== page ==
Extending Limitation Periods for Environmental Actions

By: Nickie Nikolaou

PDF Version: Extending Limitation Periods for Environmental Actions

Case Commented On: Lakeview Village Professional Centre Corporation v Suncor Energy Inc, 2016 ABQB 288 (CanLII)

The nature of environmental contamination often requires the bending of usual legal rules. Because contamination can take years to develop or be discovered, the application of traditional limitation periods to actions for the recovery of damages from environmental contamination could result in unfairness. It could also mean the ultimate costs of clean-up would fall to the public purse if no financially viable party is liable for the clean-up. Alberta has modified its statutory limitation periods to address this problem. Section 218 of the Environmental Protection and Enhancement Act, RSA 2000, c. E-12 (EPEA) allows a court to extend a limitation period “where the basis for the proceeding is an alleged adverse effect resulting from the alleged release of a substance into the environment.” After years on the books, this is the first case to clarify the procedure courts should follow under section 218 of the EPEA.


The plaintiff, Lakeview Village Professional Centre Corporation (Lakeview), purchased land in the Lakeview subdivision of Calgary in 1998. The land consisted of a commercial building, two parking lots and a surrounding landscaped area. At the time of purchase, Lakeview was aware that there had been a former gas station on the site. (at para 1) Gulf Oil (now Suncor Energy Inc.) had owned the lands and operated the gas station from 1969 to the mid-1980s. In May 1988, Commonwealth Business Management Ltd. (Commonwealth) had purchased the lands from Suncor.

As a condition of its offer, Lakeview had asked Commonwealth to provide information about the environmental state of the lands. By this time, the gas station was gone and the underground storage tanks had been removed. Commonwealth commissioned a Phase II Environmental Assessment Report from a professional environmental consultant who concluded that there was “no evidence of significant contamination on the subject property and no further investigation is warranted at this time.” (at para 27)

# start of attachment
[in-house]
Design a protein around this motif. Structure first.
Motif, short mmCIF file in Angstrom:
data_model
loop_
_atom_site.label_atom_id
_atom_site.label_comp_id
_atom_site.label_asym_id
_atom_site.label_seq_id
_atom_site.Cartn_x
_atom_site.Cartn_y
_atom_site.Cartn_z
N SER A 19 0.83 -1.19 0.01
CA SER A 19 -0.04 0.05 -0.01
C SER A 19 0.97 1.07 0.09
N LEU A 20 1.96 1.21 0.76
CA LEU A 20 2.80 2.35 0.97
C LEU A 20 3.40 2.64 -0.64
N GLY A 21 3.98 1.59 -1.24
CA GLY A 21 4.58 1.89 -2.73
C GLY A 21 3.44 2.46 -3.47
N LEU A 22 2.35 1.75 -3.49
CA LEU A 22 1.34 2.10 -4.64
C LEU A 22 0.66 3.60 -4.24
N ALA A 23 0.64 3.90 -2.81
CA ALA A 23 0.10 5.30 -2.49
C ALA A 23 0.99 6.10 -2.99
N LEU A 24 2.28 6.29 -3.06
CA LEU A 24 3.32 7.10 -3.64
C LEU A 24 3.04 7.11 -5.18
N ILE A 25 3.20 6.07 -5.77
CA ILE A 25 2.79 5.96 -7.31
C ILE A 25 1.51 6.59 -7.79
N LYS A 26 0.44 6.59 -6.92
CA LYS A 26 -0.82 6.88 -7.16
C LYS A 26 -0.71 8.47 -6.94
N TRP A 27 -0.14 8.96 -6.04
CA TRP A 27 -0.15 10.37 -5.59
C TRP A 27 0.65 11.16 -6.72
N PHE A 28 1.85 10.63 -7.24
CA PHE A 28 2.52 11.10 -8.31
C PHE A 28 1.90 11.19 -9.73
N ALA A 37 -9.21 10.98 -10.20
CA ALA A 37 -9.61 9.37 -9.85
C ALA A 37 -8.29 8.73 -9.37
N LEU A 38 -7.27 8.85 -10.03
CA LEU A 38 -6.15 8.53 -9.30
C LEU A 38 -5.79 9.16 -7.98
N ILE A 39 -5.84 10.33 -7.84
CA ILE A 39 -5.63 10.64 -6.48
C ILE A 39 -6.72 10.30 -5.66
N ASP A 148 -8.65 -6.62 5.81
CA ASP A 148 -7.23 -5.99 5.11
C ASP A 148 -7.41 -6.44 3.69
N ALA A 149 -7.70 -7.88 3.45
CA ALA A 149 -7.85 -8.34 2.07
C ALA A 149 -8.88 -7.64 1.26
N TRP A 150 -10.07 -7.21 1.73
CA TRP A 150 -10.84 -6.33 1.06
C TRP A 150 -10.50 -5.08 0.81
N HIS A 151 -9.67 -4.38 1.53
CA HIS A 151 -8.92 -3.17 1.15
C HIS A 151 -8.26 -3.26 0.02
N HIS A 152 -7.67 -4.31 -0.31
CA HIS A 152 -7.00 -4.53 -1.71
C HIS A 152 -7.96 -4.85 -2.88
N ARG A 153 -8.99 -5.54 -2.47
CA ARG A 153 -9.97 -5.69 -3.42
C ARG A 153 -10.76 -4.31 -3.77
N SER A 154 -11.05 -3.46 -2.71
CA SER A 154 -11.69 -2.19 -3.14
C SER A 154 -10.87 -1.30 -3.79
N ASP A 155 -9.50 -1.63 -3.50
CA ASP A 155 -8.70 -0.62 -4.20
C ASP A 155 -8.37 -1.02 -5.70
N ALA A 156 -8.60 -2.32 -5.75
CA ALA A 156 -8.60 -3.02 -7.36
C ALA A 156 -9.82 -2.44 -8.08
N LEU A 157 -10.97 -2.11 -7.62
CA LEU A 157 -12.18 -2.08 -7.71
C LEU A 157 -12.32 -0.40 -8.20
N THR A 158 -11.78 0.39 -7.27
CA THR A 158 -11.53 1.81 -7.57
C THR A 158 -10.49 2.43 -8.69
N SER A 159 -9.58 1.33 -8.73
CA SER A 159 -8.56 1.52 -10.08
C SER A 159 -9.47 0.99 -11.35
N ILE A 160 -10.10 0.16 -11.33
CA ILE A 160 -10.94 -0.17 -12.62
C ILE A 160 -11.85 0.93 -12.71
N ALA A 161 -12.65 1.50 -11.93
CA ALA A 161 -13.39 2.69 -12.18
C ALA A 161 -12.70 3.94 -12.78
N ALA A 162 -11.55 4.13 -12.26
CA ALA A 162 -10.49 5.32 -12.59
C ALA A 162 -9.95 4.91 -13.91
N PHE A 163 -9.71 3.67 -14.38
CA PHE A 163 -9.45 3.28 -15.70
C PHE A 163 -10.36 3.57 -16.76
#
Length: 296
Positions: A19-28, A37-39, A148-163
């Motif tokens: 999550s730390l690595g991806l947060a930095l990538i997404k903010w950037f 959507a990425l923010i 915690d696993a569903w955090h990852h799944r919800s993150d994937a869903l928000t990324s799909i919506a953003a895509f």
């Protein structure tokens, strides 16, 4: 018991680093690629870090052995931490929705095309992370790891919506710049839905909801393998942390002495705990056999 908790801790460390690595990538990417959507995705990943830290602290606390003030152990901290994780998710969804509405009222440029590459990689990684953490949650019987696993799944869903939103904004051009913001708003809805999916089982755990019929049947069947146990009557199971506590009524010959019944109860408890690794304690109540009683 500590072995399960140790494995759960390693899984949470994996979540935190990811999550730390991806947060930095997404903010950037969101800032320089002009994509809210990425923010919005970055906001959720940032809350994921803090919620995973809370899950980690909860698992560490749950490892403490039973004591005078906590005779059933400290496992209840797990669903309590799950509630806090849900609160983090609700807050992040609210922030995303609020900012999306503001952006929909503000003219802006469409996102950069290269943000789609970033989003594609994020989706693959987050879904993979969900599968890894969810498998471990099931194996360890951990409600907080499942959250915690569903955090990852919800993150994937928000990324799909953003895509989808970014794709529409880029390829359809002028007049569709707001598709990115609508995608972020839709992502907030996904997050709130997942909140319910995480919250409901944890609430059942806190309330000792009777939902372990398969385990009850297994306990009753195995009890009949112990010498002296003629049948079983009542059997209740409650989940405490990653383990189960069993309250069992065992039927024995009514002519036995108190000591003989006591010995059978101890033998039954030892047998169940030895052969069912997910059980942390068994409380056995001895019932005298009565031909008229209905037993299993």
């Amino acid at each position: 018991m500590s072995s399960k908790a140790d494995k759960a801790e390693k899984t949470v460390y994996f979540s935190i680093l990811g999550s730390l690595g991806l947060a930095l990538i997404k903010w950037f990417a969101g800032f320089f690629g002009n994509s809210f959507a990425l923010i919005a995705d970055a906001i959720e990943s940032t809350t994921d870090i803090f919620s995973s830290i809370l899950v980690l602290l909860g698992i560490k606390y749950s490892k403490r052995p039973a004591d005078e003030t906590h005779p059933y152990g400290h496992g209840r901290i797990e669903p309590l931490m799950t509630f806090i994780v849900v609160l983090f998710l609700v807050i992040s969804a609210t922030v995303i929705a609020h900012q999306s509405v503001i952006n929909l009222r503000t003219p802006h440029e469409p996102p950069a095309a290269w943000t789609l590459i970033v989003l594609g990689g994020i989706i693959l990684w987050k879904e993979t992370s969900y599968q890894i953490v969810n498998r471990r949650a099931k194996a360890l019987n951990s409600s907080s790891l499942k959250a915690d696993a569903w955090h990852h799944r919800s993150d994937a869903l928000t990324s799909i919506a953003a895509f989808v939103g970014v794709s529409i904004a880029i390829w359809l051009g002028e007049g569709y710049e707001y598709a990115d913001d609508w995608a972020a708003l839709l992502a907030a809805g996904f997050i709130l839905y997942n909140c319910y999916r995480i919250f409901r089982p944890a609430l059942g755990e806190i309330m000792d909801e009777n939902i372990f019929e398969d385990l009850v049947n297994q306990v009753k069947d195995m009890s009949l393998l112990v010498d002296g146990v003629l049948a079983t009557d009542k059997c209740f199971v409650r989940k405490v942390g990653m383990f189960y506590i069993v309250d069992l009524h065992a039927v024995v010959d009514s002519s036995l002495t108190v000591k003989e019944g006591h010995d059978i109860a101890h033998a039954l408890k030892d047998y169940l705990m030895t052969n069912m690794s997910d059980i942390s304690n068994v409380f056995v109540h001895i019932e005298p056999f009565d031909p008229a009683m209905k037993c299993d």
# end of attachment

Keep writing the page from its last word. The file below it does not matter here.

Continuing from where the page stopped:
Several years later in 2013, Lakeview received an offer to purchase the lands, prompting another environmental assessment. This time, a Phase I and Phase II Environmental Assessment found hydrocarbon contamination at a level requiring remediation. Lakeview commissioned a Phase III Environmental Assessment and began remediation of the lands. This included the removal of contaminated soil and buried concrete and metal piping, and backfilling the site with clean soil. To date, Lakeview had spent over $400,000 for the remediation and further costs were likely (at para 29).

To recoup some or all of these costs, Lakeview commenced an action against former owners of the lands, including Suncor and Commonwealth. As noted by Justice Sheilah Martin, “[n]ormally, the Plaintiff’s action would be out of time under the Limitations Act, as these events occurred well past the 10-year ultimate limitation period.” (at para 3). Relying on section 218 of the EPEA, Lakeview applied for an extension.

Section 218 reads as follows: